The Phi Ta Khon Festival – also known as the Ghost Festival – taking place from 5 to 7 July, is the best reason to visit Loei, a Thai province rarely frequented by international tourists.
This three-day event in July is a combination of masked processions, old traditions and raucous parties where large, traditional ghost masks take centrestage.
Phi Ta Khon is a joyous and outrageous festival that is attended predominantly by Thai visitors. Its colourful procession is more or less comparable to the carnival parades in the West with ghosts and fertility as themes. At the festival's many parties and events, local animistic beliefs mix happily with Theravada Buddhist traditions and elements from Brahmanism.
The Ghost Festival originates from a Buddhist legend related to Prince Vessantara who is believed to be the penultimate reincarnation of the Buddha. In the legend the generous prince led a white elephant with rain-making powers to another country suffering from drought. This angered the people who now feared drought themselves and they banned the prince to the forest.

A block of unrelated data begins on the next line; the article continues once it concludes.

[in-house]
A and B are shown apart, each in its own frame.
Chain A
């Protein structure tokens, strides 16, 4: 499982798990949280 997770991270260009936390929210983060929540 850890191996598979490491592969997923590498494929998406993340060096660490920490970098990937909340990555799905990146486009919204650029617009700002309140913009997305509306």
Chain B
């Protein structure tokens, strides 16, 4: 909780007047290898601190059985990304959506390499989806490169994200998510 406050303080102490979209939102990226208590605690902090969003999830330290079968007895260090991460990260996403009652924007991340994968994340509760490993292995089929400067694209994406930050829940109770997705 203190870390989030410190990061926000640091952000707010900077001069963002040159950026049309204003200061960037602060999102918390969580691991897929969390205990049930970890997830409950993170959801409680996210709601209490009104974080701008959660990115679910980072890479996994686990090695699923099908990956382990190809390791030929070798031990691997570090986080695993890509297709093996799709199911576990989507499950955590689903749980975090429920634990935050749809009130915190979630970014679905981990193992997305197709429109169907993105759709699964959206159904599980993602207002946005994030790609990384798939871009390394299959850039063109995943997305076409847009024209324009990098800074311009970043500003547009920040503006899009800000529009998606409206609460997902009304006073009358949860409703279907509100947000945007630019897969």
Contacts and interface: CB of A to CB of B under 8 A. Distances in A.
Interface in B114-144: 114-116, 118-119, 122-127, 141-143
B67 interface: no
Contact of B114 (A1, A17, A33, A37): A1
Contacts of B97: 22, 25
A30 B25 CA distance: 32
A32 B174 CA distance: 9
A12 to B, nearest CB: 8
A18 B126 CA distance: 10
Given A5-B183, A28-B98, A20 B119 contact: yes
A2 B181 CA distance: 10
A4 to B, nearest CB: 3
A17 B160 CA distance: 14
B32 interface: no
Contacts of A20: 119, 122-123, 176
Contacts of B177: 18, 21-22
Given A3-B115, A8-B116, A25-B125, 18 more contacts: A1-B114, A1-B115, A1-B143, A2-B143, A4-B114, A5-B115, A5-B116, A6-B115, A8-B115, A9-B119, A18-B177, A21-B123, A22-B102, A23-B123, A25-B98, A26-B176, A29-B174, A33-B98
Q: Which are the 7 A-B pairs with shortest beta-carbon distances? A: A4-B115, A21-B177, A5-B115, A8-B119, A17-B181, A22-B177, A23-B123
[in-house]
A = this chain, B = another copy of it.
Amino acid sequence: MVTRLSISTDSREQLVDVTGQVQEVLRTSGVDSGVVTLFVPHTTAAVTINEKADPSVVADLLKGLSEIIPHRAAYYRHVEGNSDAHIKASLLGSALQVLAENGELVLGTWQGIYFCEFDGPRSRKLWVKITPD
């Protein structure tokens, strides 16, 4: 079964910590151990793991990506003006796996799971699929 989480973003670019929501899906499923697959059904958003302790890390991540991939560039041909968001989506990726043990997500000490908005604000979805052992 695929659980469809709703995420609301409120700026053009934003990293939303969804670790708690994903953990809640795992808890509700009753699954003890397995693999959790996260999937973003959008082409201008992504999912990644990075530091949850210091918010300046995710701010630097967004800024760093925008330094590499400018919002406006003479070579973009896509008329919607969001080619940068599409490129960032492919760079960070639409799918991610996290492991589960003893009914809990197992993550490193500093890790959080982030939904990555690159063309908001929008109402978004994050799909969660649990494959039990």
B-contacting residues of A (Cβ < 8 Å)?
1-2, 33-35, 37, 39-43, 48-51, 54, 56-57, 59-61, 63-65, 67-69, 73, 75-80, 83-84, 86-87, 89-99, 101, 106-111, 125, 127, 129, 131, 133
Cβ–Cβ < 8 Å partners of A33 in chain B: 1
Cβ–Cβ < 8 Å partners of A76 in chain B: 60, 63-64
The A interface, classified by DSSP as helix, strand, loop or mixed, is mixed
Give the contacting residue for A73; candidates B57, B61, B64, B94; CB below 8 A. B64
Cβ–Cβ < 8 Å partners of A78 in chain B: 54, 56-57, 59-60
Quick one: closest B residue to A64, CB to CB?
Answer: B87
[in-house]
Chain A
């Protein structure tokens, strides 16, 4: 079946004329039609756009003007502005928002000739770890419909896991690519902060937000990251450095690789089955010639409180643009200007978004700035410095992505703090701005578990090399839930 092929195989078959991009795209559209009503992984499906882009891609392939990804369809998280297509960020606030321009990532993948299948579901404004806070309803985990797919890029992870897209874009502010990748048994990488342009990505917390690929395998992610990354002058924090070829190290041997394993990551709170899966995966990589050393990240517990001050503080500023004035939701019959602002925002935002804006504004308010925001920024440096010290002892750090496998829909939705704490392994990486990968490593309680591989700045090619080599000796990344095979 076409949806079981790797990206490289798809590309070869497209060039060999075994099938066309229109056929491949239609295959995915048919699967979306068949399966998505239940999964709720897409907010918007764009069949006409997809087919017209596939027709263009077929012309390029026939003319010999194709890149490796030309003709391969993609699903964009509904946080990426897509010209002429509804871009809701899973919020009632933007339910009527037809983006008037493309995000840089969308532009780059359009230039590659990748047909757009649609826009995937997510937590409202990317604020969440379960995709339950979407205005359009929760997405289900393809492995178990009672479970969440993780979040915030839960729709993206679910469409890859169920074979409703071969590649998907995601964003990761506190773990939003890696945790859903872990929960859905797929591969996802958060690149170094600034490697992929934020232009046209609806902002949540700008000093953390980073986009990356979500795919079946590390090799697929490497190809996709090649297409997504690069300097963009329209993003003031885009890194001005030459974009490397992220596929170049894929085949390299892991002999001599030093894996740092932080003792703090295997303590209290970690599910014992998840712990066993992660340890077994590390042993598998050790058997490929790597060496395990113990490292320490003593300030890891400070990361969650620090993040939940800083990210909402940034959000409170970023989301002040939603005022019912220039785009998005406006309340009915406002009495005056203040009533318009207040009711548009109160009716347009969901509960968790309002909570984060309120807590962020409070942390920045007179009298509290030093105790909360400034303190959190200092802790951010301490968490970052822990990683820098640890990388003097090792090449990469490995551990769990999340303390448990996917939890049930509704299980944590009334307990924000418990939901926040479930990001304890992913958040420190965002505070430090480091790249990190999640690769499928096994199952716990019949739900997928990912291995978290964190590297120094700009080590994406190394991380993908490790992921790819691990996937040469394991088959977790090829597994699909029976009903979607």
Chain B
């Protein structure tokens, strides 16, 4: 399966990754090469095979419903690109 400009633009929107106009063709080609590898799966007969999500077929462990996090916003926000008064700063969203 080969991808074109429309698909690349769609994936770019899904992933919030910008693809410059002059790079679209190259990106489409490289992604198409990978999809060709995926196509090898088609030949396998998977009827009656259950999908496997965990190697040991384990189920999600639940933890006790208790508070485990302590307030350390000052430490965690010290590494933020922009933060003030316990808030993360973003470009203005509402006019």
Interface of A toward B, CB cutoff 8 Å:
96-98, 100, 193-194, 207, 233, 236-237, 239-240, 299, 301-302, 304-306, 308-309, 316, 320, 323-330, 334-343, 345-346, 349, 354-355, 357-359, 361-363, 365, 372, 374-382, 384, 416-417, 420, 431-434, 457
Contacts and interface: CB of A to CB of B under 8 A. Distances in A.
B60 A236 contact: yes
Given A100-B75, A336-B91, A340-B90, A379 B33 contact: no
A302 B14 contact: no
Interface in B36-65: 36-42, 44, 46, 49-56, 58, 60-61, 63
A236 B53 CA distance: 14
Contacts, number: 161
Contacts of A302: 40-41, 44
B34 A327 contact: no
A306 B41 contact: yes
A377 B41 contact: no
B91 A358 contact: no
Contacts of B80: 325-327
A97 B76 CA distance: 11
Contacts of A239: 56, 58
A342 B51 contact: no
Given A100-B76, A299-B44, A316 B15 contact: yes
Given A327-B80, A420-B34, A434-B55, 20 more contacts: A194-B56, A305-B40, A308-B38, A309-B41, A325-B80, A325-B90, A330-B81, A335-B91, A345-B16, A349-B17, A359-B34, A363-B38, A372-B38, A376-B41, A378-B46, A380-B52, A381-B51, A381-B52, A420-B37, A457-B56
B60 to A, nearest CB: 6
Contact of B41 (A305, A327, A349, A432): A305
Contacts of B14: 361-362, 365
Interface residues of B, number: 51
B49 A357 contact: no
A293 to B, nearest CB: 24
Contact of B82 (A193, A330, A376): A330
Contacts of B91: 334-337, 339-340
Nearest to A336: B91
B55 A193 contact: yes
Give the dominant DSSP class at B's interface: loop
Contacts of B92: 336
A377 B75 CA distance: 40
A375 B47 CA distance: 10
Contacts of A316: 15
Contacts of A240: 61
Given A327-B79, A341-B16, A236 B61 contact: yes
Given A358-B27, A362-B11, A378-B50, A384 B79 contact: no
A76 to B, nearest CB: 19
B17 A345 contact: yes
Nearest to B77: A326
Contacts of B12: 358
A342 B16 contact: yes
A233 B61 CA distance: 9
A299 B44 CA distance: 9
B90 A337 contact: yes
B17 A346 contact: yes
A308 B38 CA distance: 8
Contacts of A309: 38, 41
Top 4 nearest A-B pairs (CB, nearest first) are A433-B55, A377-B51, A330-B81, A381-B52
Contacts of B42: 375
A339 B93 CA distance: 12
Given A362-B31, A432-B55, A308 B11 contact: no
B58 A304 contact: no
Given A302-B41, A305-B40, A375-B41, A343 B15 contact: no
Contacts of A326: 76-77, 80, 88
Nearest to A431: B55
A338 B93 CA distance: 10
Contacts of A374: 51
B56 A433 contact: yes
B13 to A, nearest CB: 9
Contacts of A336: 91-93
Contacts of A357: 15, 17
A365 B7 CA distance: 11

When they realised the generosity of the prince's act, they regretted banning him and welcomed him back with a big party. The festivities were so big and loud that they woke the forest ghosts who followed the prince and ended up joining the party. The original term phi tam khon means 'to follow someone.'
The three-day event actually consists of not one but three festivals of which Phi Ta Khon is the first one. The three festivals together are known as Bun Luang but are more commonly referred to by its most popular part, the Phi Ta Khon Festival.